I’ll admit it, I was the one saying ‘Huh’ earlier yesterday morning. I had no idea what a “Push Gift” even was when Jessica asked me our Quick Question Thursday question at the Wishpot Baby Blog. Now I know what it means, and I have to be honest here, I’m kind of appalled at what the idea has been spun into nowadays. Not so much the thought, I think if a man decided to give his wife a gift of appreciation for the birth of his child of his own accord, that’s his right, and absolutely fine, but from what I’m reading, the more I Google “Push Gift” or “Push Present”, the more ill I become in reading what it’s become as of late. The part that makes me the most ill is the expectation that a man is supposed to give his wife some big extravagant gift. The must-purchase, requirement aspect of it is what is sickening to me. And from what I’m reading, that’s exactly what it has become.
In one article I found, a woman reacted feeling like ‘on cloud nine’ when she received her pair of diamond earrings from her husband after hours of labor. She later added that she wondered what labor would get her next time.
What? Did she seriously say that? Tell me that she isn’t going to have another child just to see what big extravagant gift her husband will give her for that child. That makes me ill. At least, her perception of his gesture made me ill.
Despite finding that sickening statement and making the assumption that the whole idea of a “Push Gift” was some attempt at women to cash in on the birth of their children, I was very surprised to learn where “Push Gifts” came from, coming from these two commenters who said:
As an American living in Europe, when I gave birth to my first child in Germany I was totally surprised when everyone asked me what gift my husband had given me. I discovered that a husband giving his wife a gift (always jewelry) for the birth of a child was a long standing European tradition. When I said “nothing” they thought he was a terrible cheapskate and ungrateful husband, even after I explained that it wasn’t a tradition where we came from.
European women look at the baby gift as a sign of love and appreciation for the new life they’ve created and not as some kind of nasty “you’ve got yours (IE. the baby) now I want mine” transaction. They tend to really cherish that jewelry. It’s a lovely tradition over here and it’s a shame to see Americans transform something very romantic and sweet into something as crass and commercialized as a “push present.” What a terrible expression.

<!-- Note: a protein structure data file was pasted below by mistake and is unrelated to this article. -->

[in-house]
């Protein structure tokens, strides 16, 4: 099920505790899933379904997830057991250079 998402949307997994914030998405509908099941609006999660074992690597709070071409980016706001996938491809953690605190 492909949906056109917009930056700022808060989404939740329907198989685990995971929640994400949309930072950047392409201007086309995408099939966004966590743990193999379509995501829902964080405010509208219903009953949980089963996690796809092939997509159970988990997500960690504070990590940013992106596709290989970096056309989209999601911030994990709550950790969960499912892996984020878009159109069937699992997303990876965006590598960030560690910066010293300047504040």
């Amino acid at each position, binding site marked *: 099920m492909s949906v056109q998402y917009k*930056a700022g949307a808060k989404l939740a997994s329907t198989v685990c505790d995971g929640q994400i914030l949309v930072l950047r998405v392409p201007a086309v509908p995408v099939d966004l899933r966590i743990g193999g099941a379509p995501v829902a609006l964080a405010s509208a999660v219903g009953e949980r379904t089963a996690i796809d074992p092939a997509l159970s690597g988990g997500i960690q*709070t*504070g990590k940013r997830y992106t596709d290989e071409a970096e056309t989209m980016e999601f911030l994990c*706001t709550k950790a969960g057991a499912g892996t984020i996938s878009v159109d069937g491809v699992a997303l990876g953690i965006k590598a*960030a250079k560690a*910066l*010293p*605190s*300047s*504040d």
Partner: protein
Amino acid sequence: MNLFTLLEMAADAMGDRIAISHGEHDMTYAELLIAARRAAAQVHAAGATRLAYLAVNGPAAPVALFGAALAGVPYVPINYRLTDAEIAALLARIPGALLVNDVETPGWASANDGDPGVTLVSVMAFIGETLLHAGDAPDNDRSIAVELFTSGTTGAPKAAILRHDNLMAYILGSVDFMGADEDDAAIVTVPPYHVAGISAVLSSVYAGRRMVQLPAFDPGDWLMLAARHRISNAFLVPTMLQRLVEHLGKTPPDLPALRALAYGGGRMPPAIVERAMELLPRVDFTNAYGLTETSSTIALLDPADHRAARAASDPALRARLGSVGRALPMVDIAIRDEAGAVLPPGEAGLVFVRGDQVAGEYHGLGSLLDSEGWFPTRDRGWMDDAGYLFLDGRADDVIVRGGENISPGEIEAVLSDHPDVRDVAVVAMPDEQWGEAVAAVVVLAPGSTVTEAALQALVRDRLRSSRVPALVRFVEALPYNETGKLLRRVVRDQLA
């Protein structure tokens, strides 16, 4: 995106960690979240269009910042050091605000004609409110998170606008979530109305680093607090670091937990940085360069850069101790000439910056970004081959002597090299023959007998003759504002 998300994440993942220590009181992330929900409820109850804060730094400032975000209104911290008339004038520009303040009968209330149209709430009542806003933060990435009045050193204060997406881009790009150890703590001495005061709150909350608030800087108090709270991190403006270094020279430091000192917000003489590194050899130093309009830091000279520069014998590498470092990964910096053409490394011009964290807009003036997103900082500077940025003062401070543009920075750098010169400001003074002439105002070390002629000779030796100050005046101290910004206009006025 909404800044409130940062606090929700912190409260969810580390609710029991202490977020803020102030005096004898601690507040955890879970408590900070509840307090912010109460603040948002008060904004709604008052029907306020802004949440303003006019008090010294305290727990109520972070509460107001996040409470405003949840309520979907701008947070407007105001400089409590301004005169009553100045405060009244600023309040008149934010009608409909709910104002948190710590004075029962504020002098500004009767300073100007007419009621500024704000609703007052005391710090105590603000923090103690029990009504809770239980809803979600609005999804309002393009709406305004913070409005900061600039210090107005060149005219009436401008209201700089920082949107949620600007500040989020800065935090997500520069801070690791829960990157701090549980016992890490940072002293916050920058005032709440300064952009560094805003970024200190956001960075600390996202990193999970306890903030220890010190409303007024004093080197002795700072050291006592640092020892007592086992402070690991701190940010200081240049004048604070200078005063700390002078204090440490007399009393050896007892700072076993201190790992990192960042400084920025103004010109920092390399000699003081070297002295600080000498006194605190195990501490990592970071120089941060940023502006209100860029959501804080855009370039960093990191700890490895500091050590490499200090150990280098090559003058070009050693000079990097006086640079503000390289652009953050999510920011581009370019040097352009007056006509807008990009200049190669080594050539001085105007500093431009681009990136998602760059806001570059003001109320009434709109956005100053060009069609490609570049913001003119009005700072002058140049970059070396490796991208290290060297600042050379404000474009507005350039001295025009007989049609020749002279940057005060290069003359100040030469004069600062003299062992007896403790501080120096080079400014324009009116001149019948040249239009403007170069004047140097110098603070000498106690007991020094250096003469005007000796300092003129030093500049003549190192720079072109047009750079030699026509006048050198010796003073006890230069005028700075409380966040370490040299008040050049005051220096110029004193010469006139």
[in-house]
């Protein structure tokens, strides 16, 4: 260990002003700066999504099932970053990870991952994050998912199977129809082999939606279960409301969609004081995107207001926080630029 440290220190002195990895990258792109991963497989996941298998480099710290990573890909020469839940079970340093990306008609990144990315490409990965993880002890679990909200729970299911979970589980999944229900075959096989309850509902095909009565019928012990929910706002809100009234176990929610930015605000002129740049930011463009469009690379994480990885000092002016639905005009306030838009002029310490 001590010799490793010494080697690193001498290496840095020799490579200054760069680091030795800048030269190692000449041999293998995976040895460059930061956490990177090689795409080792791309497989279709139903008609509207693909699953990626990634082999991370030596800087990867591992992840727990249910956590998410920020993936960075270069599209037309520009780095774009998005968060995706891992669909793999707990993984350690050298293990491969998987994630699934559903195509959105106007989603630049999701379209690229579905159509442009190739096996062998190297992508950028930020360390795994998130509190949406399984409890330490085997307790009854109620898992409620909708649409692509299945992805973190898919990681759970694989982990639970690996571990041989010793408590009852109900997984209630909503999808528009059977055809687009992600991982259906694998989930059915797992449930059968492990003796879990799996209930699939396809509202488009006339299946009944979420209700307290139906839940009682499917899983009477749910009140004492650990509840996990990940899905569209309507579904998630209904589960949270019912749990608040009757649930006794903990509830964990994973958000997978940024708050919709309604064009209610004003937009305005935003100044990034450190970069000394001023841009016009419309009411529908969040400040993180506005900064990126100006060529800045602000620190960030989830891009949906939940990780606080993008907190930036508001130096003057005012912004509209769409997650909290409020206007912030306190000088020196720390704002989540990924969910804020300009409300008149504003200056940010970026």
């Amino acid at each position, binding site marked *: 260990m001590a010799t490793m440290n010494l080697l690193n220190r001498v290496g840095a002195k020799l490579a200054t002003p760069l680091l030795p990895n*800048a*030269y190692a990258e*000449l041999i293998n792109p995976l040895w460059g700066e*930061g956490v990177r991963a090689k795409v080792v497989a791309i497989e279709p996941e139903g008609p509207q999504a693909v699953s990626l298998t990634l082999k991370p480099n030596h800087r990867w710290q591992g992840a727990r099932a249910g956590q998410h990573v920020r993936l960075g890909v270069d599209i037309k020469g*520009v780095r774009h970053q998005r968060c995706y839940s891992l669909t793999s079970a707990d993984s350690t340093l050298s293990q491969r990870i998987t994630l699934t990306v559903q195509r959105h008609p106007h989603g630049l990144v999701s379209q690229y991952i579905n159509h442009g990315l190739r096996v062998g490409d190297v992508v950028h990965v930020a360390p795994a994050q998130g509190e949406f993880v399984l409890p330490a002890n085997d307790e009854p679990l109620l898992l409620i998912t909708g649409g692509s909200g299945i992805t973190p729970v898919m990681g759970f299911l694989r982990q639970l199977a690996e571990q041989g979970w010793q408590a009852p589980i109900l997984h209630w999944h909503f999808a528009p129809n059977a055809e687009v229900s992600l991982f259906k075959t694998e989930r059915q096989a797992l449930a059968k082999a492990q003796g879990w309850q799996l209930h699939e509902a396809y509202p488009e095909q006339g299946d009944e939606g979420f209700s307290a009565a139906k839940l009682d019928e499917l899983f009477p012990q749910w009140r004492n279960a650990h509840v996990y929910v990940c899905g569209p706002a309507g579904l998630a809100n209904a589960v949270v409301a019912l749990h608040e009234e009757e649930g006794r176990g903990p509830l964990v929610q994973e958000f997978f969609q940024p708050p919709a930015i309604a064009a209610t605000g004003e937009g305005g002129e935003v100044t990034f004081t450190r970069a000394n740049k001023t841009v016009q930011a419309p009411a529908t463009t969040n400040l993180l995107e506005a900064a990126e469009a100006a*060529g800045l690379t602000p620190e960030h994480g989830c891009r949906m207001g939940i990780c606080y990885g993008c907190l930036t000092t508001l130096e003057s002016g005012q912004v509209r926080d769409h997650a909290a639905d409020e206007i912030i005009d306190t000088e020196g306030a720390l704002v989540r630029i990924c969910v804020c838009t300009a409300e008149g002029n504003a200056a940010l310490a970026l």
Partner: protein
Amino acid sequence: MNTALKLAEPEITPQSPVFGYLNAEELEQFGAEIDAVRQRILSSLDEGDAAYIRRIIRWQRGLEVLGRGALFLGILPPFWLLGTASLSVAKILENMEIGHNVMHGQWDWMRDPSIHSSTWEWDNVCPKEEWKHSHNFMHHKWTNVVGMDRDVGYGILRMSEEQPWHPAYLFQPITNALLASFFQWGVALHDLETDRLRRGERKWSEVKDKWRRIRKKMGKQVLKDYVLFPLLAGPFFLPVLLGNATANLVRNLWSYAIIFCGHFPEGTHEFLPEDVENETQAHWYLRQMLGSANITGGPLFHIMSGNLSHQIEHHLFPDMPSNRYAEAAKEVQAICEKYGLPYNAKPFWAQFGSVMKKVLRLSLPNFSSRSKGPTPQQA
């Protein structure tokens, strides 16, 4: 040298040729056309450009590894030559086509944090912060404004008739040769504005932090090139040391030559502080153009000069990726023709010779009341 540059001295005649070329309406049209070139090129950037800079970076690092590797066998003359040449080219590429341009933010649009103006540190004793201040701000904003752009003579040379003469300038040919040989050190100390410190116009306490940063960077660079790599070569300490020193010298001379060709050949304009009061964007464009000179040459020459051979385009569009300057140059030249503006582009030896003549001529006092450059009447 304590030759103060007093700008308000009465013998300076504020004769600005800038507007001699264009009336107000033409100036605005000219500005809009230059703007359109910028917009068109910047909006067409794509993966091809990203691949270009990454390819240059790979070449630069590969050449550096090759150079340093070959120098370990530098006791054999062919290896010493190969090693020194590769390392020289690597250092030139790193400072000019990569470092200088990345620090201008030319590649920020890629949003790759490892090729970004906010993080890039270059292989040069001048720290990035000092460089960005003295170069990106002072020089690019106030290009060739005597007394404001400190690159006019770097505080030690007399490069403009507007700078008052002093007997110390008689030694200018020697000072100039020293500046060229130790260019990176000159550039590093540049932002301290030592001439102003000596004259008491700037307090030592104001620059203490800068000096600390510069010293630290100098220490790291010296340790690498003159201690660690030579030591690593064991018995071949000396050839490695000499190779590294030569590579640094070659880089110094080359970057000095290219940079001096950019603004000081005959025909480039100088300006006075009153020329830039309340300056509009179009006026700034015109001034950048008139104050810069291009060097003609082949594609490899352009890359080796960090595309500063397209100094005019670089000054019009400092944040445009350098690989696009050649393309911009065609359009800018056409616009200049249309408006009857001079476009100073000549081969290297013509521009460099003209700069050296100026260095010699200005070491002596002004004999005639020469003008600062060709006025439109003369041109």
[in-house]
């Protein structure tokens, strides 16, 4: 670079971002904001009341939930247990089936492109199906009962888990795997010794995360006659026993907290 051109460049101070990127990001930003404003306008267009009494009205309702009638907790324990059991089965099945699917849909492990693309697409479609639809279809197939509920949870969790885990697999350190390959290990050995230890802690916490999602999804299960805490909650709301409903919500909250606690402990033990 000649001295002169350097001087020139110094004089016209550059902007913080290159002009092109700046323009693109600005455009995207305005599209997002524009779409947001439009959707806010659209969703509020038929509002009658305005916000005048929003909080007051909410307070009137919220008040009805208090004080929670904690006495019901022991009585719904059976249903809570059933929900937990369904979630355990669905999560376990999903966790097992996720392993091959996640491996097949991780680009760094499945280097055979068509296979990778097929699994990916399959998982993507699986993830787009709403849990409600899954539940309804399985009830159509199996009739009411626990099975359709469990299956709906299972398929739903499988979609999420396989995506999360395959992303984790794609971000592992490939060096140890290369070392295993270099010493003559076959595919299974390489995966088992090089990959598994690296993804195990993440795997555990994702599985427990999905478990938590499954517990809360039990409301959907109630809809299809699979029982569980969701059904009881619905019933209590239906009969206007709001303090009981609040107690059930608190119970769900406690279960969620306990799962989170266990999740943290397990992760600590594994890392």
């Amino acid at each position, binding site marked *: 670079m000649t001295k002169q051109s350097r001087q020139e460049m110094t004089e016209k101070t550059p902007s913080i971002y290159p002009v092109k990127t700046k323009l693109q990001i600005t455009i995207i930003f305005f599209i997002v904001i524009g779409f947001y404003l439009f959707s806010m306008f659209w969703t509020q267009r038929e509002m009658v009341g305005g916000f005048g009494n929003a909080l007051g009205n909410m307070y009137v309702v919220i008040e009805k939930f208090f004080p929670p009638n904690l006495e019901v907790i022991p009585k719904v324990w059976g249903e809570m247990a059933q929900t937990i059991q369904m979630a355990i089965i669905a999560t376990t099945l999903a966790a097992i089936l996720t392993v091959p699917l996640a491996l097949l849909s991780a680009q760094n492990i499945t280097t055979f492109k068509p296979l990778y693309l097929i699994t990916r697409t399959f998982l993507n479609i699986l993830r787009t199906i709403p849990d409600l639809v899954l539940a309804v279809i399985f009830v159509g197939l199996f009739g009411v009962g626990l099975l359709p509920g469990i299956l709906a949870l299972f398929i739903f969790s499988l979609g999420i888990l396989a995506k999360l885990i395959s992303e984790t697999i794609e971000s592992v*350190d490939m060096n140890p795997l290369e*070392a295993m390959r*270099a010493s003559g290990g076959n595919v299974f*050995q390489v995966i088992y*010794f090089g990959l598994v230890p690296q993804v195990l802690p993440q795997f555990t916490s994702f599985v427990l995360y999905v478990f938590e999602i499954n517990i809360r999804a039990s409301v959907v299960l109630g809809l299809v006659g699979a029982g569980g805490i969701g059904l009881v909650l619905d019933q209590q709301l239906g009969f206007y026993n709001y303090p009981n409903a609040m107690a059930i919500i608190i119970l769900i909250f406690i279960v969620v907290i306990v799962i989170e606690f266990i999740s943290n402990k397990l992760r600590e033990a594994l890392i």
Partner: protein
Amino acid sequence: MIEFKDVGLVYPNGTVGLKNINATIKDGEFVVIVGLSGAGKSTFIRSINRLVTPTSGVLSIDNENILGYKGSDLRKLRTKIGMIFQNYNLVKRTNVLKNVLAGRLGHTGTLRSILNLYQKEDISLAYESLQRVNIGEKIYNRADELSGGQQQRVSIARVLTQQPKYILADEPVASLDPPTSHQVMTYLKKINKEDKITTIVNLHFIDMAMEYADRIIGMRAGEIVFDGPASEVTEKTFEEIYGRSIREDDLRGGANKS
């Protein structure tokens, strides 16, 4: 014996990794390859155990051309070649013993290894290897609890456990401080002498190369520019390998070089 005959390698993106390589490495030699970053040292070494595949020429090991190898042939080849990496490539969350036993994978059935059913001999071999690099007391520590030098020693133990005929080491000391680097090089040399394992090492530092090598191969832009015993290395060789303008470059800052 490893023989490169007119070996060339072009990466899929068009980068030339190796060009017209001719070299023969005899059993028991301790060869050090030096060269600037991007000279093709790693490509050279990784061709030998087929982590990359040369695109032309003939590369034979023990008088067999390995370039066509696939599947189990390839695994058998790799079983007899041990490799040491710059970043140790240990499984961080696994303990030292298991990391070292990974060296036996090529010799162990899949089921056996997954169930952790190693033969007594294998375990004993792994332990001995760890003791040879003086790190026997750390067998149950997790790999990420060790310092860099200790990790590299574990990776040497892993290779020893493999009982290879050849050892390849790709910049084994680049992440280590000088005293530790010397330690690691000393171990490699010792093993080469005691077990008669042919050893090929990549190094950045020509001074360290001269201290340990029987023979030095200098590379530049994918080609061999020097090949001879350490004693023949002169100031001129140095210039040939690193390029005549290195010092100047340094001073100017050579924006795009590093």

I hate the way this custom has been presented as a materialistic “you’ve got yours now I want mine.”
My husband and I attended a wedding of a long-time couple (12 years, they finally married for the health insurance). The bride’s mother gave her the pearls her father had given her mother upon her birth. The little speech her mother gave about the pearls was quite touching. The pearls were a token, a physical reminder of that special day when their daughter came into their lives. Every time the mother wore them both parents remembered the joy from the birth of their daughter. They were not a “thank you for the discomfort” nor a reward nor payment for giving birth.
We were living in Europe at the time, so perhaps someone gave my husband the idea, but he had just presented me with a bracelet upon the birth of our son. Every time I wear it I think of the love my husband and I share, and the physical representation of our love (our son) and see this gift as symbolizing both.
As for jewelry, it can be passed on to the next generation with a letter telling the meaning of the gift to the original recipient. Will a diaper bag be passed on to the child? Or maid service? No, those are more fitting as “push presents.” Jewelry as a reminder of the child’s birth is no more crass than a wedding ring. Symbolism is priceless.
— Washington DC
Now, after reading those statements, I think the idea of a man giving his wife a gift of remembrance to be treasured and passed down (and I’m a HUGE sentimental buff like that), especially say, passed down to the child you gave birth to, I think that’s a gorgeous sentiment. Unfortunately, considering it’s original intention, it seems it’s been spun into something else. In a time where we as a society are more in debt than ever and materialism and the ‘keeping up with the Joneses’ attitude are on the rise, is this something that we need to instill as a requirement? Putting this gesture out there is one thing. Getting to the point of a wife practically laser pointer-ing what she wants out to her husband, expecting the gift, is another.
In some articles, I viewed comments from readers on both sides of the fence. Some who are aware of where the origin of such a custom came from. Others who feel the same, that the expectation of such a present shows how materialistic some have become today.
In another article I came across, not only did I read about a man who’s wife literally told him what she wanted to receive with each child, he admitted to the reporter he was ‘keeping momma happy’, how she proved her case to him as to why she should get these gifts, being a ‘good soldier’. Another man in another article said how he didn’t even consider what was bought for his wife (worth $1000) from him at all. ‘She picked it out’ he said. ‘She bought it. I wasn’t given a choice.’ Her response? ‘My husband doesn’t believe in jewelry, so I saw it as the perfect opportunity to cash in on the whole societal pressure thing.”
Ew. That is just gross. Children are not a bargaining chip with which to birth in expectation of lavish presents. Even worse? Some companies have developed “Push Present Registries” for wives to use similar to a wedding or baby registry. Ugh. That is taking this entirely way too far.
So, what are your thoughts? Have you ever heard of a “Push Gift”? Have you received one from your husband? If so, what was it? How do you feel about this and it’s connotation?